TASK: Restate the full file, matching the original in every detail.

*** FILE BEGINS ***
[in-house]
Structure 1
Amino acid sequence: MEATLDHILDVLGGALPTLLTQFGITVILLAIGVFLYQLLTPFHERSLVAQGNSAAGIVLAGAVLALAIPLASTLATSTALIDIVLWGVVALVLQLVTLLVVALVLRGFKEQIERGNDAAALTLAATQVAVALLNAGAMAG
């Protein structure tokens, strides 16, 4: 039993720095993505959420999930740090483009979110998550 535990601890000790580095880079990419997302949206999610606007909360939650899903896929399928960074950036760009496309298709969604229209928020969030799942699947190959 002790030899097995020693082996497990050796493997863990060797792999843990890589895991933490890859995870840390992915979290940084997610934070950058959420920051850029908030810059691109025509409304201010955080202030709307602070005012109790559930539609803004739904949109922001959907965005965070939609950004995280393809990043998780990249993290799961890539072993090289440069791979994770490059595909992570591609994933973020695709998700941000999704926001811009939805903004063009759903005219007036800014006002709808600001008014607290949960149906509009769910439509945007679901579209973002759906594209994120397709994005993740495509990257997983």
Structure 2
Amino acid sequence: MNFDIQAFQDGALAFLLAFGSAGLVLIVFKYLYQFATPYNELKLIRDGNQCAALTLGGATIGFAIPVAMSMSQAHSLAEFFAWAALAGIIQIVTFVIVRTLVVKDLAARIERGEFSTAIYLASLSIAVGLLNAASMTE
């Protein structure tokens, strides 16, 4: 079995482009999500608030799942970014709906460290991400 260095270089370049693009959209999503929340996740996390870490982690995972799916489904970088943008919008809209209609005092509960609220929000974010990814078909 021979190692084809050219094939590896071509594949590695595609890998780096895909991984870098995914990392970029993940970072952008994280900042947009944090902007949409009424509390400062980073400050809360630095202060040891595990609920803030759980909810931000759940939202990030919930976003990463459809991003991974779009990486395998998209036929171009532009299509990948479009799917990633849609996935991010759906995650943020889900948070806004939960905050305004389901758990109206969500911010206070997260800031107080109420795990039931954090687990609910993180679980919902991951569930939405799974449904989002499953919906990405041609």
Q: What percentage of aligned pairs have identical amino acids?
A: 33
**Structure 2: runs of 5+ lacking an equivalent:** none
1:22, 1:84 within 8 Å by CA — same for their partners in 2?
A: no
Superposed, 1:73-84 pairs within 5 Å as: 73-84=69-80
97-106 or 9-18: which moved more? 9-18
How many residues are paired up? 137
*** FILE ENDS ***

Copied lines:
[in-house]
Structure 1
Amino acid sequence: MEATLDHILDVLGGALPTLLTQFGITVILLAIGVFLYQLLTPFHERSLVAQGNSAAGIVLAGAVLALAIPLASTLATSTALIDIVLWGVVALVLQLVTLLVVALVLRGFKEQIERGNDAAALTLAATQVAVALLNAGAMAG
């Protein structure tokens, strides 16, 4: 039993720095993505959420999930740090483009979110998550 535990601890000790580095880079990419997302949206999610606007909360939650899903896929399928960074950036760009496309298709969604229209928020969030799942699947190959 002790030899097995020693082996497990050796493997863990060797792999843990890589895991933490890859995870840390992915979290940084997610934070950058959420920051850029908030810059691109025509409304201010955080202030709307602070005012109790559930539609803004739904949109922001959907965005965070939609950004995280393809990043998780990249993290799961890539072993090289440069791979994770490059595909992570591609994933973020695709998700941000999704926001811009939805903004063009759903005219007036800014006002709808600001008014607290949960149906509009769910439509945007679901579209973002759906594209994120397709994005993740495509990257997983």
Structure 2
Amino acid sequence: MNFDIQAFQDGALAFLLAFGSAGLVLIVFKYLYQFATPYNELKLIRDGNQCAALTLGGATIGFAIPVAMSMSQAHSLAEFFAWAALAGIIQIVTFVIVRTLVVKDLAARIERGEFSTAIYLASLSIAVGLLNAASMTE
């Protein structure tokens, strides 16, 4: 079995482009999500608030799942970014709906460290991400 260095270089370049693009959209999503929340996740996390870490982690995972799916489904970088943008919008809209209609005092509960609220929000974010990814078909 021979190692084809050219094939590896071509594949590695595609890998780096895909991984870098995914990392970029993940970072952008994280900042947009944090902007949409009424509390400062980073400050809360630095202060040891595990609920803030759980909810931000759940939202990030919930976003990463459809991003991974779009990486395998998209036929171009532009299509990948479009799917990633849609996935991010759906995650943020889900948070806004939960905050305004389901758990109206969500911010206070997260800031107080109420795990039931954090687990609910993180679980919902991951569930939405799974449904989002499953919906990405041609």
Q: What percentage of aligned pairs have identical amino acids?
A: 33
**Structure 2: runs of 5+ lacking an equivalent:** none
1:22, 1:84 within 8 Å by CA — same for their partners in 2?
A: no
Superposed, 1:73-84 pairs within 5 Å as: 73-84=69-80
97-106 or 9-18: which moved more? 9-18
How many residues are paired up? 137